Nel's New Day

December 17, 2014

Don’t Frack in New York

In a first for the country, New York has tentatively banned hydraulic fracturing—better known as fracking—because of health risks. State officials concluded that the method of extracting natural gas contaminates air and water. Fracking uses water and chemicals to obtain the gas in deeply buried shale deposits. Former Gov. David Paterson issued a moratorium in 2008 which Gov. Andrew M. Cuomo continued after he took office in 2011. Dozens of local governments have legally banned fracking through land use regulations, according to a state Supreme Court decision last summer.

Acting state health commissioner, Dr. Howard A. Zucker, said the review came down to one question: Would he want to live in a community that allowed fracking? His answer was no. Fracking supporters claim that the practice contributes to local economies, particularly in the huge Marcellus Shale that spreads across New York, Pennsylvania, and West Virginia. Opponents worried about the state’s watersheds and aquifers as well as tourism and quality of life in upstate communities.

One person well aware of fracking problems is Louis W. Allstadt, a retired executive vice president of Mobil oil. He ran the company’s exploration and production operations in the western hemisphere before he retired in 2000 and was also in charge of its marketing and refining in Japan, and managed its worldwide supply, trading and transportation operations for 31 year. In addition, he oversaw Mobil’s side of its merger with Exxon, creating the world’s largest corporation. An interview with him is here.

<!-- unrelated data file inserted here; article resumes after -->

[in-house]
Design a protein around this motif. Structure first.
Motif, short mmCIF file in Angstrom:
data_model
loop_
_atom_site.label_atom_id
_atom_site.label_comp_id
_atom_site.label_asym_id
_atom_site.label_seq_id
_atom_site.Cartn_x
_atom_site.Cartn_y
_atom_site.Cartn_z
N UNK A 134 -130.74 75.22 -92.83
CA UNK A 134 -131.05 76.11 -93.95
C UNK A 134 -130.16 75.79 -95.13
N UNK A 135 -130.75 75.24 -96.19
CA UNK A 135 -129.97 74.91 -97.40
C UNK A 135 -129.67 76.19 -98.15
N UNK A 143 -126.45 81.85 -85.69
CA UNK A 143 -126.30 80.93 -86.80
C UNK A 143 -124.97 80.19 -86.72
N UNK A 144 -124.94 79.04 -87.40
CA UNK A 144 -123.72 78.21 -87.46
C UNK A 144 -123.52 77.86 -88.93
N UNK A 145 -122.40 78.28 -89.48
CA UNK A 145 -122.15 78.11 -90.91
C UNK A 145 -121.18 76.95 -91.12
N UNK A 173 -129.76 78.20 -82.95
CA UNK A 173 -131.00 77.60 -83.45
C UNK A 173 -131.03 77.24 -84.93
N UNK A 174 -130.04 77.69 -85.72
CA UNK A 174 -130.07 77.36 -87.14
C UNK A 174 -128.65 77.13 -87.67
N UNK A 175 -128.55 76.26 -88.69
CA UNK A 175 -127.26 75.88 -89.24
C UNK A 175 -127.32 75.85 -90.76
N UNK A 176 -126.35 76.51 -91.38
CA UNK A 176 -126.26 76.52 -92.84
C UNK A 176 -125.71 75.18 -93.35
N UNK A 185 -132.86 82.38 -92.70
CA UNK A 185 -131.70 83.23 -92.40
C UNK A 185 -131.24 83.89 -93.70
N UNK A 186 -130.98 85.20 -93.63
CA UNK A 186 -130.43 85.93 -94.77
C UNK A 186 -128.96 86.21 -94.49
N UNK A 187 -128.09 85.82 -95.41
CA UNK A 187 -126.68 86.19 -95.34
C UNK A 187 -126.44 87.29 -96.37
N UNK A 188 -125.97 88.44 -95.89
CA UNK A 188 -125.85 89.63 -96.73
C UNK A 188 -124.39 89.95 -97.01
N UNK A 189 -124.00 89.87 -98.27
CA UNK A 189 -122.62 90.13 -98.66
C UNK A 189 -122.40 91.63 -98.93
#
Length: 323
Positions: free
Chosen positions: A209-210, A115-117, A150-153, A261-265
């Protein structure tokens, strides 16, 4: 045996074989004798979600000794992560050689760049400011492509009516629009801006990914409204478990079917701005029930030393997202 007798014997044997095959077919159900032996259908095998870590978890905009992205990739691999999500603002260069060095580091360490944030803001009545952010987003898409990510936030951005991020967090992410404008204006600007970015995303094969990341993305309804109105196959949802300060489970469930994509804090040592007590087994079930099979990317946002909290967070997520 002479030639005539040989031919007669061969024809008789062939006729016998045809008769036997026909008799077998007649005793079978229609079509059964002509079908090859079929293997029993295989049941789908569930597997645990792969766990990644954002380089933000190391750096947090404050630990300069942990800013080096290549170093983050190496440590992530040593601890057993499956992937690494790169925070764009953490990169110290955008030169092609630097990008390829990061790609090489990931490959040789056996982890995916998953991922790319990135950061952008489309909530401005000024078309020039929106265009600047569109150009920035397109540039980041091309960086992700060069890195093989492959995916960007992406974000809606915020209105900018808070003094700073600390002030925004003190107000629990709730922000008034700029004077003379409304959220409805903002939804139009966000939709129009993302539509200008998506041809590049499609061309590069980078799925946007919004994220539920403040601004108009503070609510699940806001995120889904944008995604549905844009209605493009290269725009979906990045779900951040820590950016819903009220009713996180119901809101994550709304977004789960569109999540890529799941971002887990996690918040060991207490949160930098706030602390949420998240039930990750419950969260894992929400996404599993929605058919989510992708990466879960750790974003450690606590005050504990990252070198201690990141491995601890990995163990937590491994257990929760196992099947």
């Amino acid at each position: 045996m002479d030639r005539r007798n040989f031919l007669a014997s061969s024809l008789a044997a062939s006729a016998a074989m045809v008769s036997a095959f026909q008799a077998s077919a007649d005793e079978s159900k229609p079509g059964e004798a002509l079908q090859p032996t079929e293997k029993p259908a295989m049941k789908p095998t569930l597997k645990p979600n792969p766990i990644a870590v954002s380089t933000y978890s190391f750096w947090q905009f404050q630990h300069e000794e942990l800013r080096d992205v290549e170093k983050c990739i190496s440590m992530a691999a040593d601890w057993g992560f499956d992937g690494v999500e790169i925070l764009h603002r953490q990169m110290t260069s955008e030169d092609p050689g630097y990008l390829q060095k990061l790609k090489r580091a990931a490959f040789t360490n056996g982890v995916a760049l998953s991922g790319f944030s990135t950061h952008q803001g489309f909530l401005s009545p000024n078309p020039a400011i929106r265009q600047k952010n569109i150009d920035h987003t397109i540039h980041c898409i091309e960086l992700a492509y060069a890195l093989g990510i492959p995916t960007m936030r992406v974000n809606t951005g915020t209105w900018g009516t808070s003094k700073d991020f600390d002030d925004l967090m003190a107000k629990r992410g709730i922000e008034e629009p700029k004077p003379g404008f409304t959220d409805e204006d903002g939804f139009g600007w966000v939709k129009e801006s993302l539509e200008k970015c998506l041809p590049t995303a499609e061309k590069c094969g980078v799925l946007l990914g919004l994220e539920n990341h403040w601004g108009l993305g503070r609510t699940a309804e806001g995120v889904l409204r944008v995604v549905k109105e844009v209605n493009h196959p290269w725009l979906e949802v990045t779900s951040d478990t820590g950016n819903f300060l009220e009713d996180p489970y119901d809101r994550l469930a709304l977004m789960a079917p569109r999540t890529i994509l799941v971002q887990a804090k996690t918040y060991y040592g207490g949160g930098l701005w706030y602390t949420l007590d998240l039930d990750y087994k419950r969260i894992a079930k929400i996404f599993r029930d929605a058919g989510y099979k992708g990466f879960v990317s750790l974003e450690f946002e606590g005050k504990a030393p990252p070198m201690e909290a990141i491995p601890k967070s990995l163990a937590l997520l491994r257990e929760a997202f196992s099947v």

New studies examining the health effects of fracking indicate that this research is relatively new. The Compendium of Scientific, Medical and Media Findings Demonstrating Risks and Harms of Fracking by the Concerned Health Professionals of NY examines the results of many studies for its conclusions regarding potential harm from fracking and reports:

“A significant body of evidence has emerged to demonstrate that these activities are inherently dangerous to people and their communities. Risks include adverse impacts on water, air, agriculture, public health and safety, property values, climate stability and economic vitality.”

Fortunately, the study has found a great increase in recent research, possibly one daily for the past two years, and plans to update its compendium every six months. In encouraging Cuomo to ban fracking, Dr. Larysa Dyrszka said:

“The longer we look at fracking, the more trouble we find. There is no split debate within the scientific literature.”